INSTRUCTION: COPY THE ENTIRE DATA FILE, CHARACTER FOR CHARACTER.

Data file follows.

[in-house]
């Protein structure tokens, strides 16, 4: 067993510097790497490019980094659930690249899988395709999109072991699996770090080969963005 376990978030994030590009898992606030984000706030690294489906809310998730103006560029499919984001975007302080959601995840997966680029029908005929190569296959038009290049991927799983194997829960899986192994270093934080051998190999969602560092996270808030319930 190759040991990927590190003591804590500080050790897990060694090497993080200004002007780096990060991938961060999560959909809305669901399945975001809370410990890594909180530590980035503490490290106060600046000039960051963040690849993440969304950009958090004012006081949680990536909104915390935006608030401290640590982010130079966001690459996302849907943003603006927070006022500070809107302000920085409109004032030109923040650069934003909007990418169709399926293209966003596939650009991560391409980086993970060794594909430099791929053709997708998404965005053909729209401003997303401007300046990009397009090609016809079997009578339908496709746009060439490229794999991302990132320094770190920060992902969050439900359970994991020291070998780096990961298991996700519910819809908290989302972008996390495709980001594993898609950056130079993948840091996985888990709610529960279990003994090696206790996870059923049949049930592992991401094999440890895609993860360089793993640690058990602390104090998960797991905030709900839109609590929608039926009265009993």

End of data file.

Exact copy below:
[in-house]
């Protein structure tokens, strides 16, 4: 067993510097790497490019980094659930690249899988395709999109072991699996770090080969963005 376990978030994030590009898992606030984000706030690294489906809310998730103006560029499919984001975007302080959601995840997966680029029908005929190569296959038009290049991927799983194997829960899986192994270093934080051998190999969602560092996270808030319930 190759040991990927590190003591804590500080050790897990060694090497993080200004002007780096990060991938961060999560959909809305669901399945975001809370410990890594909180530590980035503490490290106060600046000039960051963040690849993440969304950009958090004012006081949680990536909104915390935006608030401290640590982010130079966001690459996302849907943003603006927070006022500070809107302000920085409109004032030109923040650069934003909007990418169709399926293209966003596939650009991560391409980086993970060794594909430099791929053709997708998404965005053909729209401003997303401007300046990009397009090609016809079997009578339908496709746009060439490229794999991302990132320094770190920060992902969050439900359970994991020291070998780096990961298991996700519910819809908290989302972008996390495709980001594993898609950056130079993948840091996985888990709610529960279990003994090696206790996870059923049949049930592992991401094999440890895609993860360089793993640690058990602390104090998960797991905030709900839109609590929608039926009265009993």